Startup businesses have dominated the headlines for a while now. Some newer companies have big ideas and promise their investors big things that they never make good on. Other firms have overwhelmingly successful funding campaigns on sites like Kickstarter and Patreon. A few even actually ship the product or service they said they’d make.
If you’re trying to secure money for your startup business, then you more than likely have some pretty big dreams. While it’s great to have your head in the clouds, you’ll want to focus on making sure that all of your goals are achievable. Start small and don’t feel discouraged if you don’t immediately get the kind of funding you were looking for. Investors are often wary of putting their money into a new project until they see at least something in the way of results.
Take a moment to make a chart of what things your business has to buy to actually succeed versus what you can live without at first. You’ll then want to review the following list of financial Dos and Dont’s to ensure that you’re on the right track:
The Dos of Securing Money for a Startup Business
- Do apply for a loan even if you think your credit score is bad. You may still qualify for unsecured loans with bad credit, and this can infuse much needed capital into your young venture. As your company grows, you may be able to refinance any debt your incur at a more attractive rate.
- Do write down funding goals that are measurable. There’s no need to keep raising money well after you have enough funds. In fact, you may be required to return any unnecessary funds to your backers!
- Do make sure to leverage social networking to find investors or donors. While you may already have a number of social accounts, you’ll want to create separate ones that are dedicated solely to your business.
- Do come up with some creative fundraising ideas that can help you stand out from the pack when it comes to asking for donations. More organizations are begging for money today than at any other point in history, so you’ll need to do something that will catch the public’s attention. Don’t be afraid to try something unusual.
- Do offer something special to those who back you on Kickstarter, Patreon or whatever other crowdfunding platform you use. This will help to convert potential customers into early donors.
- Do as much of the work yourself as possible. If you don’t have to hire that many additional people, then you won’t run into budget problems early. While you don’t want to run yourself ragged trying to get everything done, entrepreneurs are expected to do their part to ensure the success of their operations.
Financial Don’ts for Startup Owners
- Don’t raise money on a crowdfunding platform and then have nothing to show for it. Several high-profile Kickstarter campaigns never made it to completion in spite of the fact that they were able to raise more than enough money. This kind of thing could potentially hurt confidence in your company’s ability to bring a product to market.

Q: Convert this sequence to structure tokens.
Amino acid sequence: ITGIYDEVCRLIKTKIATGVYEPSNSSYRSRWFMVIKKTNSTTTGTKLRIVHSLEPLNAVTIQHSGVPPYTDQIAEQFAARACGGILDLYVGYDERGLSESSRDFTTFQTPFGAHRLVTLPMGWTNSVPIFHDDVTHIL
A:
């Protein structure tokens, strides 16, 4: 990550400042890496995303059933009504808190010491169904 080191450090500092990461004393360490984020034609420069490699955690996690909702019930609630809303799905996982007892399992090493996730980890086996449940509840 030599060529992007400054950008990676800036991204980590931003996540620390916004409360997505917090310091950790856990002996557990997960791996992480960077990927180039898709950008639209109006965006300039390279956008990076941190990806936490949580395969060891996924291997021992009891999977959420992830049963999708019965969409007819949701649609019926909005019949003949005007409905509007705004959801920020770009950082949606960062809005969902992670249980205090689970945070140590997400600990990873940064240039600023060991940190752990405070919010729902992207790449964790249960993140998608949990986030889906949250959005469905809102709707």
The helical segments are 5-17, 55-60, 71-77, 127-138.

- Don’t try to rush things to completion with the hopes of wowing investors. Most backers would prefer to wait a little while for a completed product that works well.
- Don’t expect angel investors to come to your company’s rescue. Have a plan in place for raising money from the start. While there certainly are some wealthy individuals who try to back as many small projects as possible, qualifying for this kind of grant is a long-shot.
- Don’t forget to factor in your living expenses into how much money you need. If you’re giving up everything to finally start your own small business, then you’ll still need some way to support yourself. You’ll have to pay for clothing, food and housing just like you would if you were working at a traditional job.
- Don’t forget about the bootstrapping process. This refers to scraping to as much money as you possibly can from your own savings and credit accounts. While you don’t necessarily want to max out as many credit cards as possible, they can help you to make important early purchases when you’re just starting out.
- Don’t apply for venture capital too quickly. Most venture capitalists require you to have an airtight business plan and will want a fairly high ROI, so they’re often not an option for those who aren’t entirely sure how their company will function.
- Don’t neglect your business plan, even if you’re not applying for this kind of money. You want to be sure that you have at least something of an idea of how you’ll make money in the future.
The Most Important Thing to Remember When Starting a Business
Perhaps the single most important piece of advice is to never give up. Things are going to get pretty hairy. Sometimes it’ll look like you’ll never be able to raise enough money to get your company going. This is normal, so you shouldn’t get discouraged. Don’t give up your dreams and you’ll experience success sooner than you thought possible.